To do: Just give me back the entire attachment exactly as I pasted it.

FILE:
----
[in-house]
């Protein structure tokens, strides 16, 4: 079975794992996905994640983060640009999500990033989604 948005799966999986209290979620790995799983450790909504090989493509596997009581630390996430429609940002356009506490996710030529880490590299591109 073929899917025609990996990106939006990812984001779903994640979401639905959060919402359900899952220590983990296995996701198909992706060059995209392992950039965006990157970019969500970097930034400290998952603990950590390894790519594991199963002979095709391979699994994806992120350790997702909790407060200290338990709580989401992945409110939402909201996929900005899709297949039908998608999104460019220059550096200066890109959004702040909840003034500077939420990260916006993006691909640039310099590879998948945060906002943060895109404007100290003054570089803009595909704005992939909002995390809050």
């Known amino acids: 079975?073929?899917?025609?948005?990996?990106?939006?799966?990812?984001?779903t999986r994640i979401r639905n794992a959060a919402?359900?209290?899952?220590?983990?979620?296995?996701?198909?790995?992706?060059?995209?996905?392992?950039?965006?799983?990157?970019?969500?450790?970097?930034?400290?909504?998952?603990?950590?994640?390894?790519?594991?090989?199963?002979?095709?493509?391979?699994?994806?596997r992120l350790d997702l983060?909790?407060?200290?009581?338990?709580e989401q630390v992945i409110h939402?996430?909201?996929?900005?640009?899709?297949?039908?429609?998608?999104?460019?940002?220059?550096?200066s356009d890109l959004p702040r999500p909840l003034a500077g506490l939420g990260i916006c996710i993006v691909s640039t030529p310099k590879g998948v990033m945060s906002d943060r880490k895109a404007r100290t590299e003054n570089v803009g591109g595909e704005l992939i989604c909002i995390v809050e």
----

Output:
[in-house]
């Protein structure tokens, strides 16, 4: 079975794992996905994640983060640009999500990033989604 948005799966999986209290979620790995799983450790909504090989493509596997009581630390996430429609940002356009506490996710030529880490590299591109 073929899917025609990996990106939006990812984001779903994640979401639905959060919402359900899952220590983990296995996701198909992706060059995209392992950039965006990157970019969500970097930034400290998952603990950590390894790519594991199963002979095709391979699994994806992120350790997702909790407060200290338990709580989401992945409110939402909201996929900005899709297949039908998608999104460019220059550096200066890109959004702040909840003034500077939420990260916006993006691909640039310099590879998948945060906002943060895109404007100290003054570089803009595909704005992939909002995390809050």
């Known amino acids: 079975?073929?899917?025609?948005?990996?990106?939006?799966?990812?984001?779903t999986r994640i979401r639905n794992a959060a919402?359900?209290?899952?220590?983990?979620?296995?996701?198909?790995?992706?060059?995209?996905?392992?950039?965006?799983?990157?970019?969500?450790?970097?930034?400290?909504?998952?603990?950590?994640?390894?790519?594991?090989?199963?002979?095709?493509?391979?699994?994806?596997r992120l350790d997702l983060?909790?407060?200290?009581?338990?709580e989401q630390v992945i409110h939402?996430?909201?996929?900005?640009?899709?297949?039908?429609?998608?999104?460019?940002?220059?550096?200066s356009d890109l959004p702040r999500p909840l003034a500077g506490l939420g990260i916006c996710i993006v691909s640039t030529p310099k590879g998948v990033m945060s906002d943060r880490k895109a404007r100290t590299e003054n570089v803009g591109g595909e704005l992939i989604c909002i995390v809050e």